Want to be a lawyer for the world's oldest national broadcaster? Find out about becoming a trainee solicitor with the BBC.
The BBC recently announced it will be recruiting trainees externally again in 2017, having first gone on the hunt for trainee solicitors in 2015.
The Beeb has eight trainee vacancies, four starting in September 2017 and four starting in September 2019. To apply you must have completed the Legal Practice Course (LPC) or be a current student who will have completed the LPC by 2017 or 2019 respectively. Unfortunately, the BBC is unable to offer funding for the LPC (or the GDL).
A BBC source told us the Corporation expects applicants to “normally” have a 2:1 and to be able to “demonstrate knowledge of and commitment to the BBC and an understanding of the many areas of law that we deal with on an everyday basis.” These areas of law include commercial, litigation, intellectual property, data protection, employment, consumer rights and competition. In addition, being stoked about the BBC's mission is important. Or as the Beeb put it to us: “[a training contract here] is your opportunity to be part of the team that provides the essential professional legal services which enable the BBC to enrich people’s lives with programmes and services that inform, educate and entertain.” So that's all good then.
The BBC is now accepting applications for training contracts starting in 2017 and 2019. There are eight vacancies in total.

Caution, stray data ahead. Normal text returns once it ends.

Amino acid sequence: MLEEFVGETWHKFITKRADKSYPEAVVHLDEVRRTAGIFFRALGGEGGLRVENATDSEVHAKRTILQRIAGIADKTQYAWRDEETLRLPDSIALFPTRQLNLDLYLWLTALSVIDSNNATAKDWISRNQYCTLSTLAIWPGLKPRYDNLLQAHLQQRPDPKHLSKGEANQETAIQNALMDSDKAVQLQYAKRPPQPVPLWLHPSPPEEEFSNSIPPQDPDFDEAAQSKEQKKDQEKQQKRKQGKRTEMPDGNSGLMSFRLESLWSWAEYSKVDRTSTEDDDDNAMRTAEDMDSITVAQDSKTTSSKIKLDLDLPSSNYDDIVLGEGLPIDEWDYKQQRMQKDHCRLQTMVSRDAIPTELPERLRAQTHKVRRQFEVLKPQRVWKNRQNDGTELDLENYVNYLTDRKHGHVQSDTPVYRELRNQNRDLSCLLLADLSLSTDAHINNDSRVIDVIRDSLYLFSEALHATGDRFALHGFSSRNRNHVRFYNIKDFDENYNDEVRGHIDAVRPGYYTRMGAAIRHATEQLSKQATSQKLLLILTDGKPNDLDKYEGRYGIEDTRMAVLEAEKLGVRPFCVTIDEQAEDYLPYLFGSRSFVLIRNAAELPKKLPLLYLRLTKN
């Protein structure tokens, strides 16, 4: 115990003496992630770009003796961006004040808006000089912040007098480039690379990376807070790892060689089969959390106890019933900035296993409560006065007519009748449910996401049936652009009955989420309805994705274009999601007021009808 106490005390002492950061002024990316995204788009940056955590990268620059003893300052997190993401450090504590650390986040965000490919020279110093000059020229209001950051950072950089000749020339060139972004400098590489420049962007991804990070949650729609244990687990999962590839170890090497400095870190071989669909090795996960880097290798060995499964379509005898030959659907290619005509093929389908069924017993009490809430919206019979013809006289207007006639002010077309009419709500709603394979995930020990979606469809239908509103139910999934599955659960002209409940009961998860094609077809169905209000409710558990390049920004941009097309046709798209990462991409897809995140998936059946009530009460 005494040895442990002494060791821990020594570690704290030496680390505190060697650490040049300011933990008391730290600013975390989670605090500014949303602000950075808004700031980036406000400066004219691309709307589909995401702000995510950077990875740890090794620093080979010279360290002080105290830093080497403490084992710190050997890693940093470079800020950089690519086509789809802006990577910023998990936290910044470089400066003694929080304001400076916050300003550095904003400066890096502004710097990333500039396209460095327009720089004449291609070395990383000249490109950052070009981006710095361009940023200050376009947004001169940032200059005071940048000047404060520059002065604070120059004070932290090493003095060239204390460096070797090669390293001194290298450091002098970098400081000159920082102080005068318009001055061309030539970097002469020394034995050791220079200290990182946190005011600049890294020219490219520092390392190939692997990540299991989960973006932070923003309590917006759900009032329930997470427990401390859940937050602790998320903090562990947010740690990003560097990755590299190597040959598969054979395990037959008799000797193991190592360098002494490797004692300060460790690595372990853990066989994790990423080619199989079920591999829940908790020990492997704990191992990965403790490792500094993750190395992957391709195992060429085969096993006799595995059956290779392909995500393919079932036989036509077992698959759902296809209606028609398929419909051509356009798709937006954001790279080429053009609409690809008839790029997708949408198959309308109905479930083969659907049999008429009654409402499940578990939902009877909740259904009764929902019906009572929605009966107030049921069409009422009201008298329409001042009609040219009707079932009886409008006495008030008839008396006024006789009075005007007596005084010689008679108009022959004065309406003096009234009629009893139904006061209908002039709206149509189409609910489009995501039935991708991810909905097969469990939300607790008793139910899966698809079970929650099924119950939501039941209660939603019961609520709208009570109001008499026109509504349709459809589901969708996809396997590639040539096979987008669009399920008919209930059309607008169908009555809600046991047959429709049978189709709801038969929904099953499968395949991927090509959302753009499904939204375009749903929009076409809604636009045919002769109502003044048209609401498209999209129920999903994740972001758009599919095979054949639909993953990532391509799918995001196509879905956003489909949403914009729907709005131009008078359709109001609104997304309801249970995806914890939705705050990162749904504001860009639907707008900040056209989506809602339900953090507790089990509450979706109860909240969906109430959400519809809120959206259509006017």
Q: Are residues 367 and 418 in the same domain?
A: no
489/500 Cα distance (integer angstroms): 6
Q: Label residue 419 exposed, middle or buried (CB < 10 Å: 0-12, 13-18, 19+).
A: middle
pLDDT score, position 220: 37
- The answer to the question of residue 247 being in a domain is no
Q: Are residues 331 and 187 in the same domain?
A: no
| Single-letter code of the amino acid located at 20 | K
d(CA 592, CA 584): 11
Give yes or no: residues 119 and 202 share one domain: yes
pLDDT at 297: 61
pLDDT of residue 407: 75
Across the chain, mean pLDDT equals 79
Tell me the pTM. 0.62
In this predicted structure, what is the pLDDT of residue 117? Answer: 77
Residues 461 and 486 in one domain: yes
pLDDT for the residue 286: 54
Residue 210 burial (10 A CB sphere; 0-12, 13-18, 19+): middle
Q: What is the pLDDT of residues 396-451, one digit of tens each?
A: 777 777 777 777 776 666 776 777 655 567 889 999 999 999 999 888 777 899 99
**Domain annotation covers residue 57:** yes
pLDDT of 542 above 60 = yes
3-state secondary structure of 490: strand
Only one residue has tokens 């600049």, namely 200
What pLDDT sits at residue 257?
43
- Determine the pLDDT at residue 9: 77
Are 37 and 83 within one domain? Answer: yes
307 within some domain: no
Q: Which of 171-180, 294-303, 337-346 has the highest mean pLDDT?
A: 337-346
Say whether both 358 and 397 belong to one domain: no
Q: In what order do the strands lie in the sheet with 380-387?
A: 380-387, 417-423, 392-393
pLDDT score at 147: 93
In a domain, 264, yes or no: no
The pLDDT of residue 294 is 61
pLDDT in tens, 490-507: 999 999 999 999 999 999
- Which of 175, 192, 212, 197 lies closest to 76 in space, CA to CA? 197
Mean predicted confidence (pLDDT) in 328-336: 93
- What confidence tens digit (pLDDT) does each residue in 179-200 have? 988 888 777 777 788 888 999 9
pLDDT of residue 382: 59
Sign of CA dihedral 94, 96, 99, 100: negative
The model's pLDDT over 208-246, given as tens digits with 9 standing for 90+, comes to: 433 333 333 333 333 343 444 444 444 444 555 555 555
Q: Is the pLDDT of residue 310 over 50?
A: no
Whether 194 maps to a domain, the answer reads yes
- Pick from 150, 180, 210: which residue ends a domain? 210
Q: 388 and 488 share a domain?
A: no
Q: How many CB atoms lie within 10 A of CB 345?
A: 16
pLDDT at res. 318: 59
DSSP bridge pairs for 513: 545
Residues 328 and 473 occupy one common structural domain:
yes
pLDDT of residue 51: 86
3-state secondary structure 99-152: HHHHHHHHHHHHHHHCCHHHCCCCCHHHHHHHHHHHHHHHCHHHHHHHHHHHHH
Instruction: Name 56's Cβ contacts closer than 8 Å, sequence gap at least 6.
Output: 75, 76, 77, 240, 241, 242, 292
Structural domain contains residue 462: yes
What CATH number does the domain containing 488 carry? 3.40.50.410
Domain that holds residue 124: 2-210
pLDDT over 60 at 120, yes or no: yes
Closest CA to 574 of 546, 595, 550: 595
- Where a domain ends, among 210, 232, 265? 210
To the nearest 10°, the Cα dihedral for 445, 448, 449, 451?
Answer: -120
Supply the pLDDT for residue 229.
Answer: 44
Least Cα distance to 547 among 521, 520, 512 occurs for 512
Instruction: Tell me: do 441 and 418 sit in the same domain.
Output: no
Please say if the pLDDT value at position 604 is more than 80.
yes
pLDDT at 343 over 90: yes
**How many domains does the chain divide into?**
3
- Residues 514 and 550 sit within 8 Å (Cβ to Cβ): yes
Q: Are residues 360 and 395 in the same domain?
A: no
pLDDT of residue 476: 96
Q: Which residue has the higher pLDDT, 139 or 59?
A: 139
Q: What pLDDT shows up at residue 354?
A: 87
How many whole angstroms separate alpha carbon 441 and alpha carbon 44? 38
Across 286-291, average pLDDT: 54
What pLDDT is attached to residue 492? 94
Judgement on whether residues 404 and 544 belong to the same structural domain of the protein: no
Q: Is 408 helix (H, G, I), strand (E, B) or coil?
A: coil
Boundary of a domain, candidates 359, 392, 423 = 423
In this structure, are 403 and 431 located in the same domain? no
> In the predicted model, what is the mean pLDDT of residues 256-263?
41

Applications open on 13 March and close on 18 April for positions starting in 2017 and 28 July for positions starting 2019. Applications must be made via the BBC's website by means of an application form covering education, work experience and other bespoke questions (CVs are not accepted). Longlisted candidates will then be asked to take an online Watson Glaser critical thinking test, with a final shortlisted group invited for a half-day assessment centre, taking place on 22 or 23 May for a 2017 start and in early autumn for 2019 starters.
A training contract will involve four six-month seats, all in London, with the seat options including intellectual property, commercial rights, business affairs, BBC Worldwide (Auntie's commercial arm) and a secondment to a law firm focused on litigation. Pay for the 2017 intake will be £28,000 for the first year of training and £32,000 for the second year. Find out more and apply on the BBC's website.
Finally, we'd note that you can expect competition for these traineeships to be fierce. Don't expect to get by on a wing and a prayer. Applicants with experience or extensive knowledge of the media (law) sector are likely to do best.
Elsewhere on this website you can read more about media and entertainment law.
This feature was updated in March 2017.